Are You Ready to Be a Cat Owner?

You may have been longing to get a cat but you need to decide if you are prepared to commit yourself. There are lots of factors to take into consideration, and you can start from here:

You know the value of socialization.

Cats have this unfair reputation of being antisocial, and in the case of many felines, this is somehow true. However, when you train your cat to socialize early in life, they are less likely to shy away from relatives or friends who visit. How can you teach your cat to be confident? Let her experience new surroundings, people, things, sounds and scents, as well as treats and praises. You can let them attend classes for kittens that provide helpful training and exercises. Giving a lot of importance to socialization and understanding what you need to do to will bring up a kitty with self confidence may show that you are prepared to get a cat.

You have the means.

It may be hard to figure out how much you need to care for a cat, but certainly, this involves costs of food, bowls, litter, litter box, toys, grooming tools, enrichment products like cat trees and scratchers, identification and microchipping, parasite preventives and veterinary visits. The last one is definitely a big expense. Not all cats visit the veterinarian on a regular basis. A yearly physical exam may be adequate for some cats, while more frequent visits to the vet are needed by older cats and those with health problems. If you are computing the costs to know whether you can afford to get a cat, always include the expenses entailed in health care, as well as pet insurance and emergencies in case you decide to buy it.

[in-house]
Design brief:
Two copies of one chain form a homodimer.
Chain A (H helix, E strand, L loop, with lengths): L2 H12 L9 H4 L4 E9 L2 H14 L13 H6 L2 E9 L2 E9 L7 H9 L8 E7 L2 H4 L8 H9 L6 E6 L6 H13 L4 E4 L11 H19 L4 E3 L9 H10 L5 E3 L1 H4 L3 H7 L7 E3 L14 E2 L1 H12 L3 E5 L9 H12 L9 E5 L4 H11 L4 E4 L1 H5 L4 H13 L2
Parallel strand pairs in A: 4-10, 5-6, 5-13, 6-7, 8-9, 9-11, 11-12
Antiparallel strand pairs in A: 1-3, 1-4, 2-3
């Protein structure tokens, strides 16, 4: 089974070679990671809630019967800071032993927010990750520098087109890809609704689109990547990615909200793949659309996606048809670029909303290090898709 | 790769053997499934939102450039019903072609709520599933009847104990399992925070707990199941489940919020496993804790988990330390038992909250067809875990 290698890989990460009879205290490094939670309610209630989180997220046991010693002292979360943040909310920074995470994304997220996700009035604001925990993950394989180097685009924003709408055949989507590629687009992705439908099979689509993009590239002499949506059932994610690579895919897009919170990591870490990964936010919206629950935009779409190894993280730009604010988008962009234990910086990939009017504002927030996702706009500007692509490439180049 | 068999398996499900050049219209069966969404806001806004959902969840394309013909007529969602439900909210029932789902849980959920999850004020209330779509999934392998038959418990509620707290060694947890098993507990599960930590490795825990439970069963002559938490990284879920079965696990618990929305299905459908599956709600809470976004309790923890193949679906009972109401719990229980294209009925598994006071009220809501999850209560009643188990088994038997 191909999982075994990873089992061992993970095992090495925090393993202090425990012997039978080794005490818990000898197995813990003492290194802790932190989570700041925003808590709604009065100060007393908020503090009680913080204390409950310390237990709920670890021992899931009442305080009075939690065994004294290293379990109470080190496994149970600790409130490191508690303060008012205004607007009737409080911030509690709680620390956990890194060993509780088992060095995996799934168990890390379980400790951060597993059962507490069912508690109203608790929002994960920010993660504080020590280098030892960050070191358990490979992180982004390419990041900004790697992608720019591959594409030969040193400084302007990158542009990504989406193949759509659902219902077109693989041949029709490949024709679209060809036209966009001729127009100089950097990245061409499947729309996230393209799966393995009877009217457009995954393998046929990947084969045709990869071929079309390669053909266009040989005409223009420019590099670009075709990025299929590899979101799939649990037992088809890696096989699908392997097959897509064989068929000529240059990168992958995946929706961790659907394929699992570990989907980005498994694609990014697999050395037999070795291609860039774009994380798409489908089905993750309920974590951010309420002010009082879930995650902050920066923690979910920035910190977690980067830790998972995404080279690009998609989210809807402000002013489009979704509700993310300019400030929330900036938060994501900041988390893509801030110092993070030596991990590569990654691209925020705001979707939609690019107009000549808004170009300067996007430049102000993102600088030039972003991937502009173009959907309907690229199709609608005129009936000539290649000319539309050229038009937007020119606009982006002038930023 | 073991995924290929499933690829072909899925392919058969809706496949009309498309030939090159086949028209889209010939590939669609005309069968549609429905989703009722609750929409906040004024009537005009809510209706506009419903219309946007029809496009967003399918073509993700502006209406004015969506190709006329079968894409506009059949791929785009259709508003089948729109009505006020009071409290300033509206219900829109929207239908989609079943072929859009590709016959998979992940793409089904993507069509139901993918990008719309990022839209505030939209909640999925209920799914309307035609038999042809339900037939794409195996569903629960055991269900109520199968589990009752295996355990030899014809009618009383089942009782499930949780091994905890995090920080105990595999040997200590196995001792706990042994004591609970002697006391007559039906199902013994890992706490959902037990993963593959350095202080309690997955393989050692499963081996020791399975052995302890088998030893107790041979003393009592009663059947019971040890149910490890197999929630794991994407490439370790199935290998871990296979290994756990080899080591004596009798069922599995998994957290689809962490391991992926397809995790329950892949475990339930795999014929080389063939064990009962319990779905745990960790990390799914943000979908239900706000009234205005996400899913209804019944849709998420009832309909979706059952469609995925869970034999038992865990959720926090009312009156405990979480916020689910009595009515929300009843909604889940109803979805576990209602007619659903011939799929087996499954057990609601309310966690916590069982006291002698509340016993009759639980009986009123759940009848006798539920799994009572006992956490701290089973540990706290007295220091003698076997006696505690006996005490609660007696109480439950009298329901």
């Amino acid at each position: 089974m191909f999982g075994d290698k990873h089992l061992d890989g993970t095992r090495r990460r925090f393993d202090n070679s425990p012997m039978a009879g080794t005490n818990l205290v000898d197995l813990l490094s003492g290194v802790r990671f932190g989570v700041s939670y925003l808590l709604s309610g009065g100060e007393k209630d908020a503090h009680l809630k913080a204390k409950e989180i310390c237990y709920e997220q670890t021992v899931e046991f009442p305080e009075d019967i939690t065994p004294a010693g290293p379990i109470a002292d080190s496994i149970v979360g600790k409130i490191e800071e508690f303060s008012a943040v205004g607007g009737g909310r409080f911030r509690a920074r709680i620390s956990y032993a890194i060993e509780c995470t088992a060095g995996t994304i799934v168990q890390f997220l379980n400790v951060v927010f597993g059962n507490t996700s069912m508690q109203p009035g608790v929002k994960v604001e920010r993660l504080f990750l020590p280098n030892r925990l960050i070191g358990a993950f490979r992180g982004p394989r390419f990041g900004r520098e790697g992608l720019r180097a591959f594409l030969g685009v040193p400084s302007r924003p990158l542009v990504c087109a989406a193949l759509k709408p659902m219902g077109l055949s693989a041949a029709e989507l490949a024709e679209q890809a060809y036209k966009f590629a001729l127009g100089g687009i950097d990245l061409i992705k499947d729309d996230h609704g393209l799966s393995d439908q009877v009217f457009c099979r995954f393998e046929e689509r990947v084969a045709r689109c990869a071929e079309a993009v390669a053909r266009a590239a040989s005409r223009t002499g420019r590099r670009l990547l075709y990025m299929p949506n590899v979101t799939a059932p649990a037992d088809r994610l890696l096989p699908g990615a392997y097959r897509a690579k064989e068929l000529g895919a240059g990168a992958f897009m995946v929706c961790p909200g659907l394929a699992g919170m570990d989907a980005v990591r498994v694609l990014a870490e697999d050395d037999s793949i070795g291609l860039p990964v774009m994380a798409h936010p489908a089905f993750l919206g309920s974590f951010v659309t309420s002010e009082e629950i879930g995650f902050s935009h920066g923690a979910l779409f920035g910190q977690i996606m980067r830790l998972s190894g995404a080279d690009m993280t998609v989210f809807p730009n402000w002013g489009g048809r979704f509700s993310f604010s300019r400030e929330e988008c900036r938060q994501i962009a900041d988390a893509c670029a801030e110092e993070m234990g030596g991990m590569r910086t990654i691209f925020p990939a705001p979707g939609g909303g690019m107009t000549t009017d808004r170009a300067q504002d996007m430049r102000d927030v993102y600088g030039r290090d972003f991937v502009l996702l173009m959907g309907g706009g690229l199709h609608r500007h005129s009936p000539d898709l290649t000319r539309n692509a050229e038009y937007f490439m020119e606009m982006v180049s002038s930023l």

You will devote time to exercise your cat.